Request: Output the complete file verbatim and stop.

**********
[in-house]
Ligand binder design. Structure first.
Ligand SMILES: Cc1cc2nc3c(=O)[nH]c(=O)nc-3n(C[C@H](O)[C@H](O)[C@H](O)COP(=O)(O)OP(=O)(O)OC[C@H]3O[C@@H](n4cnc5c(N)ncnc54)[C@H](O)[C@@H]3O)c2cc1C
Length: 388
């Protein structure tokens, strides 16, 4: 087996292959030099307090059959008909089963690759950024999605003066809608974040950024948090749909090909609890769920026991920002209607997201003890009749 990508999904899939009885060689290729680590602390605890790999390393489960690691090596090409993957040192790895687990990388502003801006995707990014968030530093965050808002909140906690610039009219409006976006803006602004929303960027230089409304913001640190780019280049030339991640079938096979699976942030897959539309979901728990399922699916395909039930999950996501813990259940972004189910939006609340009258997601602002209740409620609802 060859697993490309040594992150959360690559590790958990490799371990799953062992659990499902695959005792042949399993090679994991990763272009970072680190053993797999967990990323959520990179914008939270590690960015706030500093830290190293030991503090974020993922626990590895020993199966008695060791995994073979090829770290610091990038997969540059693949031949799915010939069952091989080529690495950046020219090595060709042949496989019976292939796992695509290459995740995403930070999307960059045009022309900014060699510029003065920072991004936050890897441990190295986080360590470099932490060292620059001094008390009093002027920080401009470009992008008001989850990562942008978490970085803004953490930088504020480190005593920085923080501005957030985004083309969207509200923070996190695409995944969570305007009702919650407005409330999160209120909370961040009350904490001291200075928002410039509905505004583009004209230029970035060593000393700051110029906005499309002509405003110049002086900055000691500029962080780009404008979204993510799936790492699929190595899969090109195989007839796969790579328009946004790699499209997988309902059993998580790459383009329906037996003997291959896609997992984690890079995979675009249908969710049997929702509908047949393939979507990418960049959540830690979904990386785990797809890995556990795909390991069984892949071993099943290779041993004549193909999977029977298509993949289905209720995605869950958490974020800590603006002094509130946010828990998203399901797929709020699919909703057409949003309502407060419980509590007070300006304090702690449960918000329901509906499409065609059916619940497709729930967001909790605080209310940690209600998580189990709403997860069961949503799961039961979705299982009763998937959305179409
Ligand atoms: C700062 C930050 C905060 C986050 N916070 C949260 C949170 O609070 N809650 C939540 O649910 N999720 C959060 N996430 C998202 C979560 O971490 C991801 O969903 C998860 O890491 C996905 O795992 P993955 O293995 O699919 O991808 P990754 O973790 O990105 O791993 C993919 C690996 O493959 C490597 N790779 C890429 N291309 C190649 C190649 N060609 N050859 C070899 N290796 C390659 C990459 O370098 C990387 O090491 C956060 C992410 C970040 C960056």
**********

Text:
[in-house]
Ligand binder design. Structure first.
Ligand SMILES: Cc1cc2nc3c(=O)[nH]c(=O)nc-3n(C[C@H](O)[C@H](O)[C@H](O)COP(=O)(O)OP(=O)(O)OC[C@H]3O[C@@H](n4cnc5c(N)ncnc54)[C@H](O)[C@@H]3O)c2cc1C
Length: 388
């Protein structure tokens, strides 16, 4: 087996292959030099307090059959008909089963690759950024999605003066809608974040950024948090749909090909609890769920026991920002209607997201003890009749 990508999904899939009885060689290729680590602390605890790999390393489960690691090596090409993957040192790895687990990388502003801006995707990014968030530093965050808002909140906690610039009219409006976006803006602004929303960027230089409304913001640190780019280049030339991640079938096979699976942030897959539309979901728990399922699916395909039930999950996501813990259940972004189910939006609340009258997601602002209740409620609802 060859697993490309040594992150959360690559590790958990490799371990799953062992659990499902695959005792042949399993090679994991990763272009970072680190053993797999967990990323959520990179914008939270590690960015706030500093830290190293030991503090974020993922626990590895020993199966008695060791995994073979090829770290610091990038997969540059693949031949799915010939069952091989080529690495950046020219090595060709042949496989019976292939796992695509290459995740995403930070999307960059045009022309900014060699510029003065920072991004936050890897441990190295986080360590470099932490060292620059001094008390009093002027920080401009470009992008008001989850990562942008978490970085803004953490930088504020480190005593920085923080501005957030985004083309969207509200923070996190695409995944969570305007009702919650407005409330999160209120909370961040009350904490001291200075928002410039509905505004583009004209230029970035060593000393700051110029906005499309002509405003110049002086900055000691500029962080780009404008979204993510799936790492699929190595899969090109195989007839796969790579328009946004790699499209997988309902059993998580790459383009329906037996003997291959896609997992984690890079995979675009249908969710049997929702509908047949393939979507990418960049959540830690979904990386785990797809890995556990795909390991069984892949071993099943290779041993004549193909999977029977298509993949289905209720995605869950958490974020800590603006002094509130946010828990998203399901797929709020699919909703057409949003309502407060419980509590007070300006304090702690449960918000329901509906499409065609059916619940497709729930967001909790605080209310940690209600998580189990709403997860069961949503799961039961979705299982009763998937959305179409
Ligand atoms: C700062 C930050 C905060 C986050 N916070 C949260 C949170 O609070 N809650 C939540 O649910 N999720 C959060 N996430 C998202 C979560 O971490 C991801 O969903 C998860 O890491 C996905 O795992 P993955 O293995 O699919 O991808 P990754 O973790 O990105 O791993 C993919 C690996 O493959 C490597 N790779 C890429 N291309 C190649 C190649 N060609 N050859 C070899 N290796 C390659 C990459 O370098 C990387 O090491 C956060 C992410 C970040 C960056």